Belfast Telegraph

It's a tragedy people are dying while waiting for a transplant, says man who needs new lungs

ADRIAN RUTHERFORD

A NORTHERN Ireland man with cystic fibrosis has said that it is "a tragedy" that people are dying while waiting for a transplant.

Daniel Gray was diagnosed with the condition at birth, and has been waiting for almost a year for donated lungs.

It comes as a report reveals how one in three sufferers will die while on the transplant list.

Only around 20% of lungs donated are actually used in transplantation in the UK, the Cystic Fibrosis Trust said.

The charity has called for an overhaul of the system to end the "transplant lottery".

Belfast man Daniel (24) called for an increase in the rate of transplantation, saying it would save lives.

"It's a tragedy that people die on the transplant waiting list if there are ways of overcoming the amount of organs that sadly get discarded," he said. "There is no doubt a change in transplantation rules and increasing the amount of lungs that get used could help save lives.

"Surely investing in the technology and training of staff would also save the NHS heaps of money in the long run too because then they won't have the likes of me visiting their hospitals every week."

The Cystic Fibrosis Trust said sufferers on the transplant list wait for more than a year – 412 days – on average.

Its report states that lungs from fewer than 25% of Donors after Brain Death (DBD) are used for transplants. Within the remaining 75% there are clinically viable lungs which are suitable for use.

It says more must be done to make the most out of lungs which are available.

Currently lungs are offered to the closest transplant centre, when a matching recipient has been identified.

However, the report's authors called for a new 'lung allocation system' that balances the needs of medical urgency and long-term outcomes.

"There is concern across the cystic fibrosis community about equity in lung allocation," the report adds.

"There is a perception that the likelihood of getting a lung transplant, and the time frames for this, vary according to where an individual is listed.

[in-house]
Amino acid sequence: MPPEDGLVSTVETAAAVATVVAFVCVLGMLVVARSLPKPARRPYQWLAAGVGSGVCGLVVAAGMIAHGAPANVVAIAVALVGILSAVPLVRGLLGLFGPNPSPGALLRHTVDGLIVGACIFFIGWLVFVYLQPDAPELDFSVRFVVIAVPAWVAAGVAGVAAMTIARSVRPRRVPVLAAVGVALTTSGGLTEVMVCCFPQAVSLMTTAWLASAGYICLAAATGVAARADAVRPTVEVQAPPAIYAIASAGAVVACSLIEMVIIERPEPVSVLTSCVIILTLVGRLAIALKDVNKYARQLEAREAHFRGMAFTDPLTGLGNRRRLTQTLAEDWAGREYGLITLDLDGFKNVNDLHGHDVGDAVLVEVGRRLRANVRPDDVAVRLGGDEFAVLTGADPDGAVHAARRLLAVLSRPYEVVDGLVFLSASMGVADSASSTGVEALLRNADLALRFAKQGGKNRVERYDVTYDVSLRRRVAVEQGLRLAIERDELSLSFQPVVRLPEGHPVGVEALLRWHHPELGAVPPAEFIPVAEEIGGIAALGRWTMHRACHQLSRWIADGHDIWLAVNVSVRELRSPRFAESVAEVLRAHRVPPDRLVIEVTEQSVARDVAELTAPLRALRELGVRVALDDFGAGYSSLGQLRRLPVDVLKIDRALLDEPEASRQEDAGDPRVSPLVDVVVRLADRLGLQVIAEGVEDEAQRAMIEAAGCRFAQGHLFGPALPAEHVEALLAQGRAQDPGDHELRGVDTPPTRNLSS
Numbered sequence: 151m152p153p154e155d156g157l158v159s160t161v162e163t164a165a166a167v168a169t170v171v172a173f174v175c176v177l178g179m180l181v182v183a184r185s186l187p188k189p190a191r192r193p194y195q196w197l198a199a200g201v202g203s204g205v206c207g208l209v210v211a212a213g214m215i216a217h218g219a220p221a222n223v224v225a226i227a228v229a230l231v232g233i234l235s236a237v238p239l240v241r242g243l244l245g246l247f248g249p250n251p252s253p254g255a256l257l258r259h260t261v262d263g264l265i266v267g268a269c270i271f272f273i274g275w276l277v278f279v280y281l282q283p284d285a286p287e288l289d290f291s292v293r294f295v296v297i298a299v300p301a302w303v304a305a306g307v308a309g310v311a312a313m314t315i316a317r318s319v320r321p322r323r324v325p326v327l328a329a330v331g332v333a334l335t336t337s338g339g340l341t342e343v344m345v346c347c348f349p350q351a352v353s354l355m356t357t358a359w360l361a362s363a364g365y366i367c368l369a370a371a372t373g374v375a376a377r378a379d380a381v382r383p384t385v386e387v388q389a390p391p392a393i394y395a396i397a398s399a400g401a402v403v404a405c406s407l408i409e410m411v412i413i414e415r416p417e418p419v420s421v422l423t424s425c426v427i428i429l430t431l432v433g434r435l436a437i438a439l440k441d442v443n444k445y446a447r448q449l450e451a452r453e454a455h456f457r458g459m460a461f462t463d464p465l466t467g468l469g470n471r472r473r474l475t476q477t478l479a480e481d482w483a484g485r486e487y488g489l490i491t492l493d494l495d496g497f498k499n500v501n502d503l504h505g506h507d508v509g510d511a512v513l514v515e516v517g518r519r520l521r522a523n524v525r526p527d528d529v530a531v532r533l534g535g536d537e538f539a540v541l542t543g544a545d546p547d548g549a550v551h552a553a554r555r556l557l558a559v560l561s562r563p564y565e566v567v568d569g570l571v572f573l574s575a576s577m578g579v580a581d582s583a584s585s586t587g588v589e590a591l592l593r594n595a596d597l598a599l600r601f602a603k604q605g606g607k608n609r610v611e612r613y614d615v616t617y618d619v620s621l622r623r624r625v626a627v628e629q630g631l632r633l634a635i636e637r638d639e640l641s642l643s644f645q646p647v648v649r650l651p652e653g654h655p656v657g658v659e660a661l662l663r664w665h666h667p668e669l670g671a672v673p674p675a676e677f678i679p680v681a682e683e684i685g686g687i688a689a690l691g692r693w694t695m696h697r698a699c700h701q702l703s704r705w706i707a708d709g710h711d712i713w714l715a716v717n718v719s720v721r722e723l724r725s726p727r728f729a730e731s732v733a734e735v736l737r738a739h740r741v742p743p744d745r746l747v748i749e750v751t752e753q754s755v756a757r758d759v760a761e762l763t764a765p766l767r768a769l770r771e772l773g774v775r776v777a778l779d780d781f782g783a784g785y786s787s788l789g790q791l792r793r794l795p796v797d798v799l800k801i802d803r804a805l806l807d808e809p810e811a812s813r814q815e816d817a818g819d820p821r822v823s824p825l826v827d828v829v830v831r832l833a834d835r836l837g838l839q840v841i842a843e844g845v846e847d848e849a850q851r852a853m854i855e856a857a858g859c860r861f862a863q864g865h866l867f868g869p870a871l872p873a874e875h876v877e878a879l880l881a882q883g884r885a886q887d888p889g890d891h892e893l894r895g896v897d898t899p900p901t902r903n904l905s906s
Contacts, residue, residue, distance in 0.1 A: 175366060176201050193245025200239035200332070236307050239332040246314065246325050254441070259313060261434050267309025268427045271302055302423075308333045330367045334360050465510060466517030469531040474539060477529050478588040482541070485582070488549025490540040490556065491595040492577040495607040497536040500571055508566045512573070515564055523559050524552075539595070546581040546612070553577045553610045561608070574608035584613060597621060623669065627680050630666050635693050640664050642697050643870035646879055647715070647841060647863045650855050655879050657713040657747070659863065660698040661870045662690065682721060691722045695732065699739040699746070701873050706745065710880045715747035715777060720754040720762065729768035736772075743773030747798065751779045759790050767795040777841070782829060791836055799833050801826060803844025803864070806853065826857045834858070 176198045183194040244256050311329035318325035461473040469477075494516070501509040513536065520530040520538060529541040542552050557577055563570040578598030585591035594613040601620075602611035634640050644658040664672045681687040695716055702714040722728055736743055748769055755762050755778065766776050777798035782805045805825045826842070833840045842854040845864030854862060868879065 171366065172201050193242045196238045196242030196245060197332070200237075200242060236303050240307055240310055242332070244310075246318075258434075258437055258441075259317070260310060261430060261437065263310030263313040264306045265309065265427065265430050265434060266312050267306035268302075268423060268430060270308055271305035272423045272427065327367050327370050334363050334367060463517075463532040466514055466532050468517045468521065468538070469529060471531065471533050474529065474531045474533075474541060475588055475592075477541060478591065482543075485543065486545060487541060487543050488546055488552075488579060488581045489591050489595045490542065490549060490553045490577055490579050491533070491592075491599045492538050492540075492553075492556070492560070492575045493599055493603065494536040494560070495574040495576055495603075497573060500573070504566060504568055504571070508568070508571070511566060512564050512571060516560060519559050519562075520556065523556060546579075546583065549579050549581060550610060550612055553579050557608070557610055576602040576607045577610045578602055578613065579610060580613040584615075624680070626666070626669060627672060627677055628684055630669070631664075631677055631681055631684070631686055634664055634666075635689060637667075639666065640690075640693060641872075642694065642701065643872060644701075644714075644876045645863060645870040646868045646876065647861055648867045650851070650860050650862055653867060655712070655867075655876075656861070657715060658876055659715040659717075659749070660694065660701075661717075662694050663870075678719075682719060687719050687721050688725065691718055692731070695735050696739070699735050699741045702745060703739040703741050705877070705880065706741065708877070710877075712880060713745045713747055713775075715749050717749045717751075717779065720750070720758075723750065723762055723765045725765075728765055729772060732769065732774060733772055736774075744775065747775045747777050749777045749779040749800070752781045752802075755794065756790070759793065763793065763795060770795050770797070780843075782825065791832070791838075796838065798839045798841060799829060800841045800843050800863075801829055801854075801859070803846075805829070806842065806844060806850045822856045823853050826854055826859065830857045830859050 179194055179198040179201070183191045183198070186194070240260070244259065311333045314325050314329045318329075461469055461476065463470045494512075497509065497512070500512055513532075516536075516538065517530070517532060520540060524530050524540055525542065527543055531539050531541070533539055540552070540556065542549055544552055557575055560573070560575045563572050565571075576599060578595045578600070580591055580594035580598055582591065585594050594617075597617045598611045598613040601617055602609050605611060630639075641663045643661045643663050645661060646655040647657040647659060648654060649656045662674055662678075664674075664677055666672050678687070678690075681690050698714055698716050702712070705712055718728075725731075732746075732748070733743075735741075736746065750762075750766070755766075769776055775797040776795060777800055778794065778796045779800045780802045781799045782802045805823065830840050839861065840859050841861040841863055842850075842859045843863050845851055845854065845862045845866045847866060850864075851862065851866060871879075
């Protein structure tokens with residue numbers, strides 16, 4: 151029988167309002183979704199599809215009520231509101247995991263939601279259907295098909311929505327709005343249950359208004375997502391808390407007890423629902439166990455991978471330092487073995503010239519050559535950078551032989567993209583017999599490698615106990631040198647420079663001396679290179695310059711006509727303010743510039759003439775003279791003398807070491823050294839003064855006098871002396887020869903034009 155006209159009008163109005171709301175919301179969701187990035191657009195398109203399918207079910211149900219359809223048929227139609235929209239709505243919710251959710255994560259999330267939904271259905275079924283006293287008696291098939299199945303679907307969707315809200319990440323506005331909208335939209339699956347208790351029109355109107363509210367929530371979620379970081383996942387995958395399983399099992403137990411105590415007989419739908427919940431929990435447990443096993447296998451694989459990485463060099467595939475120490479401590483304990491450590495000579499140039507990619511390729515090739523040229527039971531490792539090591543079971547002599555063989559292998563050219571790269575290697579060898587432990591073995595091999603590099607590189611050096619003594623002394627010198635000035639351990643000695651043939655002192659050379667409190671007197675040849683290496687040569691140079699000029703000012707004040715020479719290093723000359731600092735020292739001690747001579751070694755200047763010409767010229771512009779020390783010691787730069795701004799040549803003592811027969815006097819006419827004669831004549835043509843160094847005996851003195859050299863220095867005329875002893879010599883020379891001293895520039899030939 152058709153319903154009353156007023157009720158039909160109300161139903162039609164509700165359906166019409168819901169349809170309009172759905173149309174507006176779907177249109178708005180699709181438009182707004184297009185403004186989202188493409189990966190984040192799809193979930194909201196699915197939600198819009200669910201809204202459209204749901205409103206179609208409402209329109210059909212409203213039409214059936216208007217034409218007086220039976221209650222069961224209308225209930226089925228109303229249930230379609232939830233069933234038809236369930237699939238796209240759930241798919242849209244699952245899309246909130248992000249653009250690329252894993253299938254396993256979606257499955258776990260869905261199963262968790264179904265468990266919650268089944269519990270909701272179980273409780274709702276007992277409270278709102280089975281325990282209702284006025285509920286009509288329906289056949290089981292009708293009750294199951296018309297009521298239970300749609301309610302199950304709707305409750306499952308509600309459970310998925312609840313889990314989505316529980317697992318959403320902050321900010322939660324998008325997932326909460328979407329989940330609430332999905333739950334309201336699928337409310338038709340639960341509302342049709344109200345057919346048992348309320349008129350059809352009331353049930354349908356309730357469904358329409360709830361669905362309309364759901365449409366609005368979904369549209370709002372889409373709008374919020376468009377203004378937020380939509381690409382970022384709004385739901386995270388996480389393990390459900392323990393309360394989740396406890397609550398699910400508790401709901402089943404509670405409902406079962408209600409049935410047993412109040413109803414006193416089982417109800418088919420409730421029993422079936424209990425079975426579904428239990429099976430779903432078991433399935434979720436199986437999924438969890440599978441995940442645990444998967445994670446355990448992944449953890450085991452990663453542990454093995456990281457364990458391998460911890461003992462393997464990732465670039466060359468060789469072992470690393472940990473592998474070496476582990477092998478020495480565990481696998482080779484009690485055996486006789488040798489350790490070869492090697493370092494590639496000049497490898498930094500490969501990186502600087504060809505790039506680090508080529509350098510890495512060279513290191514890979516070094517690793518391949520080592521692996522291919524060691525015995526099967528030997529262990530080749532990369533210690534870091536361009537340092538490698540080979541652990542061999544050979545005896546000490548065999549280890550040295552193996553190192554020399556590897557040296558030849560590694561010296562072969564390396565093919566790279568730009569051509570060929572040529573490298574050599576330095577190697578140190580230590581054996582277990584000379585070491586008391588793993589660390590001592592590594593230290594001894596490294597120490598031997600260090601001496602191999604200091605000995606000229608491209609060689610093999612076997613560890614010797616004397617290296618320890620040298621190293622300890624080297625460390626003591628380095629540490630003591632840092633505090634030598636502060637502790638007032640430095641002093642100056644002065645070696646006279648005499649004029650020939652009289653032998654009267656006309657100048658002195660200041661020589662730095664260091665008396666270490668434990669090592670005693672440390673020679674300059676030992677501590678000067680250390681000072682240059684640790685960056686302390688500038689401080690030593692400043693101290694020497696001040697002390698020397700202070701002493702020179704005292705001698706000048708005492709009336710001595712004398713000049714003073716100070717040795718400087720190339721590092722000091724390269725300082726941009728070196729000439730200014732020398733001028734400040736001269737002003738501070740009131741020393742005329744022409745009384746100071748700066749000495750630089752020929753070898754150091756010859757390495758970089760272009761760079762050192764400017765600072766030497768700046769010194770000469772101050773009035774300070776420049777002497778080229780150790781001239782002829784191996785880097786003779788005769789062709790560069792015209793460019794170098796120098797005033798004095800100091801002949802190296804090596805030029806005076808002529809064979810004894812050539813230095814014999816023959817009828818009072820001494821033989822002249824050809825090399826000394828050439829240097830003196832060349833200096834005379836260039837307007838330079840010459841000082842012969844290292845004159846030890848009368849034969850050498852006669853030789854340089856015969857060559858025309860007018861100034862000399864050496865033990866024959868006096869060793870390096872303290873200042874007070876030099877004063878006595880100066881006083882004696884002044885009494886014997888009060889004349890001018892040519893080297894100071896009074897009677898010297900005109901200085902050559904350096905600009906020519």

"A donated organ will not currently necessarily reach the most in-need candidate anywhere in the country."

Professor Andrew Fisher from the Institute of Transplantation, Freeman Hospital and Newcastle University said successful lung transplantation can transform the life of someone with very severe lung disease caused by cystic fibrosis.

"By increasing the acceptance of donor lungs that are currently available and directing them to those most in need, we will have the chance to make sure all those with cystic fibrosis who need a lung transplant get the opportunity to benefit from it," he said.

Ed Owen, chief executive of the Cystic Fibrosis Trust, said that for some people, a lung transplant is the only option available to prolong life.

"It's a scandal that one in three people are still dying on the lung transplant waiting list," he said.

Mr Owen added: "We are calling on all bodies responsible for transplantation policy to work with us and act on our recommendations to ensure those waiting for a transplant get the organs they so desperately need and to bring new hope to their lives."

 

BACKGROUND

More than 10,000 people across the UK suffer from cystic fibrosis, a life-shortening condition caused by a faulty gene.

It leads to a sticky mucus clogging the lungs and digestive systems which makes it hard for sufferers to breathe and eat.

Cystic fibrosis affects people differently. More than half of all people with cystic fibrosis can expect to live beyond the age of 41. This number is constantly increasing with improvements in treatment.

 

CASE STUDY: 'I just want my life back again and to be able to play sport'

Daniel Gray (24) from Belfast has been waiting for a transplant for almost a year.

He was diagnosed with cystic fibrosis at birth and, despite his condition, was extremely fit and used to play lots of football.

A few years ago his health took a turn for the worse and he lost most of his lung function.

He has to take oxygen overnight and consumes around 60 tablets a day. Daniel said: "I really miss being able to get out and do some exercise, I try to walk the dogs when I can." Daniel lives at home with his mum and little brother, who doesn't have cystic fibrosis, and the family are trying to live as normally as possible, not thinking too much about the wait or waiting for a call to come.

When it does come, because the operation will be at Newcastle's Freeman hospital he will have to be taken by air ambulance to get there.

Daniel has great hopes for his life once his transplant call comes.

"If I get my chance I want to travel to Asia with my friends, go back to college, get fit again, play sport, so much. I'm single so would love to meet someone when I'm well," he added.

"If I had a message to give it would be sign up to the organ donor list. I bet if you needed a life saving transplant you'd grab it with both hands. The more organs there are the more chance people have of survival."

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